Astronomy Magazine

Extrasolar Planets

Posted on the 14 April 2011 by Gabe12logan
The "Extrasolar planets" are all the planets orbiting outside our solar system around another star. The number of discovered extrasolar planets is increasing every year due to finding new detection methods or improving existing ones.
Extrasolar planets are by characteristics, very similar to our already well-known planets. The main classification is established according to the type and grade and they are divided into gaseous and solid. Their similarity to the planets of the solar system is a reflection of natural laws that apply to the entire universe. Four fundamental interactions which describes the universe are the strong nuclear force, weak nuclear force, electromagnetic force and gravitational force. All four significantly affect the formation of stellar and planetary systems. Most planets recorded outside our solar system, because of limitations of today's technology, surpassing the size of the created image of an average size of the planet. The planets that are up to ten times more massive than Jupiter and are also gaseous, orbiting a star in periods of only a few months. It could be concluded that in the universe exists mostly just a massive planets, but it is a consequence of our inability to detect Earth-sized planets, because of their proportionately smaller impact on its parent star, which we do not manage to capture.
Extrasolar Planets
The smallest planet discovered so far, revolves around the star Gliese 436 and is 33.4 light years away from our system. Its mass of only 5 earth masses indicates that not all the extrasolar planets gas giants. Probably, even greater interest is that its time to cross its orbit is only 5.2 Earth's days, and a period of rotation around its axis is 4 times higher, or 22 Earth days. Because of its rigid nature, the proximity of its orbit to a star and a credible atmosphere that manages to keep the stronger gravitational field, it is calculated that its average temperature is 511 K.
Extrasolar planets (or exoplanets) is a planet orbiting another star, not the Sun, and therefore belongs to another solar system. Exoplanets can be placed in orbit around brown dwarfs as well as around the pulsar.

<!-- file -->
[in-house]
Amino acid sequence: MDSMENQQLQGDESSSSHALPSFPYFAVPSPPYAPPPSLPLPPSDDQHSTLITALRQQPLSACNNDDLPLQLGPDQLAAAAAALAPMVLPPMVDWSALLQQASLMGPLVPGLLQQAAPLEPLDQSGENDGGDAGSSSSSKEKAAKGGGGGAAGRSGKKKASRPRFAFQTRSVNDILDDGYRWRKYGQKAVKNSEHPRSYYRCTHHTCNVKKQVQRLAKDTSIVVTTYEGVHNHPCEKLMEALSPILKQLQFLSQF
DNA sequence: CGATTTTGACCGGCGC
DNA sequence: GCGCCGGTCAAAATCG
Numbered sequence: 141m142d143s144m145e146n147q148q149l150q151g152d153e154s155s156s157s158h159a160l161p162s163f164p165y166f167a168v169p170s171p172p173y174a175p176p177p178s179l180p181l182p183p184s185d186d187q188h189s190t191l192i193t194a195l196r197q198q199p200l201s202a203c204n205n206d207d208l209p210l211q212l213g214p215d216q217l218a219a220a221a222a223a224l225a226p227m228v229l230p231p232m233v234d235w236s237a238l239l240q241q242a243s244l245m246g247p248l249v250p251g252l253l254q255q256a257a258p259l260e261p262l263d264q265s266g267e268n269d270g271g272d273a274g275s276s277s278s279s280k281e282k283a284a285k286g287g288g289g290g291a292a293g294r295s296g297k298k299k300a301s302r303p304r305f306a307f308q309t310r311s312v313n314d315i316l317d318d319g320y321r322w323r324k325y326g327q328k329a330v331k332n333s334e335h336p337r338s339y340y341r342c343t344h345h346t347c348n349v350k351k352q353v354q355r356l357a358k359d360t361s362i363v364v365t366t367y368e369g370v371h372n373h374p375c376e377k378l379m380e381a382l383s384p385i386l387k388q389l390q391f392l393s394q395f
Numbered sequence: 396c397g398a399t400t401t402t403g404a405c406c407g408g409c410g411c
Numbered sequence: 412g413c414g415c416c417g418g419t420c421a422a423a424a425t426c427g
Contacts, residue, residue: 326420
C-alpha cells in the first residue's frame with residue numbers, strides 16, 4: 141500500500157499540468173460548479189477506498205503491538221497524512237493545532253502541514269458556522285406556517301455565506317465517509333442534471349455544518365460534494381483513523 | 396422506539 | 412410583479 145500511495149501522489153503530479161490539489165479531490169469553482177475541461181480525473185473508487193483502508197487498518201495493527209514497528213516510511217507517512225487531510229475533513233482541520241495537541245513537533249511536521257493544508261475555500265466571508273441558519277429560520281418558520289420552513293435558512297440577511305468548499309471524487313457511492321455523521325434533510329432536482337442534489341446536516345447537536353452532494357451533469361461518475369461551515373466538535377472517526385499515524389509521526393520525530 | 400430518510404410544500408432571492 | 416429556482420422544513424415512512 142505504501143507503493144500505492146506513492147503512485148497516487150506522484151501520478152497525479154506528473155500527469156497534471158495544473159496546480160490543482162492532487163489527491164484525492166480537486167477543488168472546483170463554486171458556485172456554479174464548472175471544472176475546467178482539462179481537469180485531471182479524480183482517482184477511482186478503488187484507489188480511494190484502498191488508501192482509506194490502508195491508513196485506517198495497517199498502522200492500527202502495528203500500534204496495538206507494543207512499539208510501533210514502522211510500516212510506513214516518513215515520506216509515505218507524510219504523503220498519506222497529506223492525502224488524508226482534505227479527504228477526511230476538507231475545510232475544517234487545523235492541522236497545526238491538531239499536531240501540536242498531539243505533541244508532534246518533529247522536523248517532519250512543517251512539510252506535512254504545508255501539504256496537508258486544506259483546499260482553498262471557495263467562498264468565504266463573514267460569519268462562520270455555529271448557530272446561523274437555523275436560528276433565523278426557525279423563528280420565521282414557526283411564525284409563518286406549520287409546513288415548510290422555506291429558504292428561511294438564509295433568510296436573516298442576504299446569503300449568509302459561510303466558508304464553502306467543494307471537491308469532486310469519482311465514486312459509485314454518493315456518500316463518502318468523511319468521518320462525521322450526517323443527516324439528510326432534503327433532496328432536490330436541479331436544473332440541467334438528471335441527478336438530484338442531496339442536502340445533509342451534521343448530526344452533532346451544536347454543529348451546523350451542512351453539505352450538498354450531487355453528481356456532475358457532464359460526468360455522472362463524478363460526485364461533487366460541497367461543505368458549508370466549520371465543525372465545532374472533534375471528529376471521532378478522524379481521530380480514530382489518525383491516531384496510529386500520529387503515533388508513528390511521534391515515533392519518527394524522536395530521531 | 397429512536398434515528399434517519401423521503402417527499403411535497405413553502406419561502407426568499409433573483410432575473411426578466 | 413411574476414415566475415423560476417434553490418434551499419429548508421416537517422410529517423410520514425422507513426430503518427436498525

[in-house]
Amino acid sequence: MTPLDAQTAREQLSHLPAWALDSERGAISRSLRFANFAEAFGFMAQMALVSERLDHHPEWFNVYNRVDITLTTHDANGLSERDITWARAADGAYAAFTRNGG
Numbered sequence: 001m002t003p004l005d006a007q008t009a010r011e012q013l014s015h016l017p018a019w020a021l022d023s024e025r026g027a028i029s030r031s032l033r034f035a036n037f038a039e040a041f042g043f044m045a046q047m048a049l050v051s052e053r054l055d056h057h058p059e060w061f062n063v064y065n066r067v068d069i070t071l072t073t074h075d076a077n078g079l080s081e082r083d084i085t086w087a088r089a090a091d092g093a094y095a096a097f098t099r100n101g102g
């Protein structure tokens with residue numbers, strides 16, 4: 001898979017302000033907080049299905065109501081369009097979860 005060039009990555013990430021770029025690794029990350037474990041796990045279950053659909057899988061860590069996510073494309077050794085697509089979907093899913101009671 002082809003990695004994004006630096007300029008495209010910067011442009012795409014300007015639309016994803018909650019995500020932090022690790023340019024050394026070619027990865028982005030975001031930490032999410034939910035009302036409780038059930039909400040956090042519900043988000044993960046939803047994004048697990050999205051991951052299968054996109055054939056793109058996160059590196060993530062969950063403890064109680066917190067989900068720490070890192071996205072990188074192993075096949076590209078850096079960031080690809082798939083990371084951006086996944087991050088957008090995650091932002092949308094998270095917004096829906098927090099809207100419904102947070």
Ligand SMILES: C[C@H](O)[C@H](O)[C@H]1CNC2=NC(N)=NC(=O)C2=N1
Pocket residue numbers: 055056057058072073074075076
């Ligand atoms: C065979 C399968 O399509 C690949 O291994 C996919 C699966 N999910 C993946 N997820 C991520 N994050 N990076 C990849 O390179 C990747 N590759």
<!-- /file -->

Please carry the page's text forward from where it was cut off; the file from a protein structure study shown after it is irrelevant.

The first method used to detect extrasolar planets had been watching the anomalies in the regular pulses of pulsars. This led to the discovery of the first planet with orbital period of one year. It was later withdrawn because it was a non-counting motion of the Earth around the Sun.
Astrometry is the oldest method used to search for extrasolar planets, and dates back even from the 1943. It was found several candidates, but none is confirmed, and most astronomers abandoned the method because of the successful ones. However, this method is still useful when it is necessary to confirm the common motion of stars and his own companions. The method involves measuring the normal motion of the stars in search of the impact of causing the planet, but unfortunately, changes in our own movement are so small that currently the best equipment can not provide enough reliable measurement.
Radial velocity method for planet detection is used so that from the spectrum of the stars measure small displacements (circulation) of star. The cause of the circling stars is the mass of a planet orbiting a star, and he was attracted by its gravitational mass, like a dance partners who dance around each other.
Doppler method only works for relatively close stars (up to about 160 light years). It is easy to find planets close to stars, but those that orbit at a bigger distance is difficult to find. The reason lies in the fact that they require a fairly long period of observation, and how this method is young, it is limited with this. Doppler method is useful for confirm findings by using the transit method.
Transit method was recently validated as a method that detects the shadow of the planet as it passes in front of the star around which orbits. The method works only for a small percentage of planets whose orbits are perfectly placed with respect to our viewpoint, but we can detect very distant objects.

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